In an ongoing quest to unearth and develop top black engineers, the SA Medical and Education (SAME) foundation opened two state-of-the-art science laboratories at Zimasa Primary School, in Langa, and ID Mkhize High School, in Gugulethu.
On Friday May 18, the foundation handed over the laboratory at Zimasa and on Monday May 21, at ID Mkhize. The two laboratories are valued at R1.2 million and follow similar initiatives at other township schools such as Manzomthombo High School, in Mfuleni. More schools are set to benefit from the programme.
The foundation, which is funded by big businesses to construct science laboratories at previously disadvantaged schools, aims to provide township schools with top of the range science resources to improve maths and science results.
The labs have interactive boards and can accommodate 50 pupils. The Fenix counter tops are lab grade, meaning they are resistant to chemicals and acids, scratches and stain. The lab has pump action water systems which seeks to reduce water use and the floors were hospital grade vinyl sheeting, with no detergents being needed to clean them.
Trevor Pols, CEO of the foundation, said they hoped to provide an environment conducive to learning and teaching. Mr Pols said the learning tools would boost maths and science performance at township schools, thus giving those pupils an opportunity to excel in the engineering sector.
He added that most big engineering companies complained about the lack of black engineers and said they were engaging the companies to fund the foundation in order to equip and unleash future black engineers.He said township schools did not have enough resources and that made it difficult for teachers to do their jobs adequately.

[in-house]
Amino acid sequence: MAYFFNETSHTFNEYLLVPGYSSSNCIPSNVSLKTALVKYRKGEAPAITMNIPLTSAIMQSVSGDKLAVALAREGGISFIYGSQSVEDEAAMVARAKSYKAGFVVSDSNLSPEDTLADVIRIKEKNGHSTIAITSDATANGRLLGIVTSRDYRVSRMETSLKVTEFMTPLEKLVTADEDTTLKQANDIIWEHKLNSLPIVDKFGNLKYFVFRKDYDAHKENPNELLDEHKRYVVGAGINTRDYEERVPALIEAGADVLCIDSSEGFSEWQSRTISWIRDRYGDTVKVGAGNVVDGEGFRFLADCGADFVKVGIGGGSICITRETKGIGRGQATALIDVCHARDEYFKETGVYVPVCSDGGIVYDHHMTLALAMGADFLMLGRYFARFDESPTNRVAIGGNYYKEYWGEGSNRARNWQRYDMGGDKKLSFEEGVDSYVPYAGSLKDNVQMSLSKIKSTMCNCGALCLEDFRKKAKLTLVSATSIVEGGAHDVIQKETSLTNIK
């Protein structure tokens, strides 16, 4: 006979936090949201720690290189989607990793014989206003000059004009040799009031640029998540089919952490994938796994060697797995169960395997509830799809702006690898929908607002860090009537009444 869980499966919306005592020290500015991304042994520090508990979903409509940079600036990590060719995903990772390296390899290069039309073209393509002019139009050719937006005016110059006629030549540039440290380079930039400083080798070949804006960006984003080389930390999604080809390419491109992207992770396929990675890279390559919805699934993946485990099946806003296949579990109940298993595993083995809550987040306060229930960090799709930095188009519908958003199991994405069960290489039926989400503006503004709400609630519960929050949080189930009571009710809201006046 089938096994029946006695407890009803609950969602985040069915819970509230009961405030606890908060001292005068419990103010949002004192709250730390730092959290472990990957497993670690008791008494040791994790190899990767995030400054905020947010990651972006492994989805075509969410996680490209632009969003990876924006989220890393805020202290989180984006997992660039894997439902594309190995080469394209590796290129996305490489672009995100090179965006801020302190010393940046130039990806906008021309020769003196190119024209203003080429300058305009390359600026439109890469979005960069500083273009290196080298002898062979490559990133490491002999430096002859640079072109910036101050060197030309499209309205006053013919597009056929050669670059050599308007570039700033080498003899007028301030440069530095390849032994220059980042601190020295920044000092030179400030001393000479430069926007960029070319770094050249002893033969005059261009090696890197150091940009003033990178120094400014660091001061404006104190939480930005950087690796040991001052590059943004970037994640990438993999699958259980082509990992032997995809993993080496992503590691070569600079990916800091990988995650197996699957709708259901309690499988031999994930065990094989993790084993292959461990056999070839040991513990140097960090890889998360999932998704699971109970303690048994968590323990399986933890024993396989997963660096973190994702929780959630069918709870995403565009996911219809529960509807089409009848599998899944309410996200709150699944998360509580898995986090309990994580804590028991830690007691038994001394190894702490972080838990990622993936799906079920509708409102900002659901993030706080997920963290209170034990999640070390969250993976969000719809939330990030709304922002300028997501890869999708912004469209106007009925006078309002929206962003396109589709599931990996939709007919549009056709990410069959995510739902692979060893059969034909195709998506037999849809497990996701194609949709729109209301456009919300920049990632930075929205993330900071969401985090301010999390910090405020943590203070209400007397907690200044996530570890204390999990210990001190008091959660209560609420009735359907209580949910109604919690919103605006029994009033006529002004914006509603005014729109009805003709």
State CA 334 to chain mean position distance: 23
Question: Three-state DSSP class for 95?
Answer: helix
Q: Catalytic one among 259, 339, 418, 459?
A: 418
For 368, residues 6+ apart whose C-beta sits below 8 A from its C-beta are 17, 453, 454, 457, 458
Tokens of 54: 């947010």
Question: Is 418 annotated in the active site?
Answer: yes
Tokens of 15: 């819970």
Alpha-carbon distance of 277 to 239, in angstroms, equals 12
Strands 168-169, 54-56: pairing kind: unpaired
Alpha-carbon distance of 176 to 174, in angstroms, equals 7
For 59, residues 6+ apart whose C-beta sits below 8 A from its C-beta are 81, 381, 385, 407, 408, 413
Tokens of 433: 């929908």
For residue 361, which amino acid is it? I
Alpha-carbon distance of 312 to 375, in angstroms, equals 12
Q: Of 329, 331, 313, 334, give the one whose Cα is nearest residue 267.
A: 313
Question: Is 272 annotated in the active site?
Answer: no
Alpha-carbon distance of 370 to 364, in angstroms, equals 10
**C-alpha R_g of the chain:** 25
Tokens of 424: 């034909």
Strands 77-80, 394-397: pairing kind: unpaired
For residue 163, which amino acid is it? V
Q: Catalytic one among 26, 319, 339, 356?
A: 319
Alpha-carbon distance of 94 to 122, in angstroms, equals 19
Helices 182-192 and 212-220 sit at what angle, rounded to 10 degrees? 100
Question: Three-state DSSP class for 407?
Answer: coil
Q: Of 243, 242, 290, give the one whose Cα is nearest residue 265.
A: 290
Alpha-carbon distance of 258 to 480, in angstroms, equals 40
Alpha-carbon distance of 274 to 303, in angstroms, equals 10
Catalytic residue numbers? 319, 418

“These kind of labs are often made for universities and not for schools,” he said. He added that the foundation would conduct visits twice a year to check whether the labs were being used properly.
Zimasa principal, Fezile Mguqulwa, said the school had no lab and that made it difficult for the teachers to conduct experiments.
He said the handover was a “bold step towards igniting passion and love of science” among pupils.
Education MEC Debbie Schafer, said the foundation’s investment in schools in the Western Cape was greatly appreciated, and was testament to the successes of public-private partnerships in addressing challenges in the education sector.
Ms Schafer said the new centre was an exciting and innovative development for ID Mkhize High School.
“ID Mkhize is one of the oldest schools in the Western Cape and a school that I am particularly proud of. This school has become a beacon of hope in this community. The school has gone from strength to strength.
“In 2015 this school achieved a pass rate of 64% in the National Senior Certificate. In 2017, they achieved a pass rate of 83.1% with the number of pupils increasing,” she said.
Ms Schafer said currently the school only offered natural sciences in Grades 8 and 9 and “I believe that with the provision of this fantastic new science lab, the school will be extending the curriculum to include physical sciences.” Mr Mguqulwa said the school they needed teaching tools to make teaching easy and meaningful.
“I don’t want to hear about any vandalism of this lab. It should be protected all the time,” he said. Mayenzeke Sopaqa, chairperson of the school governing body at Zimasa, said the lab was a step towards providing a higher quality of education.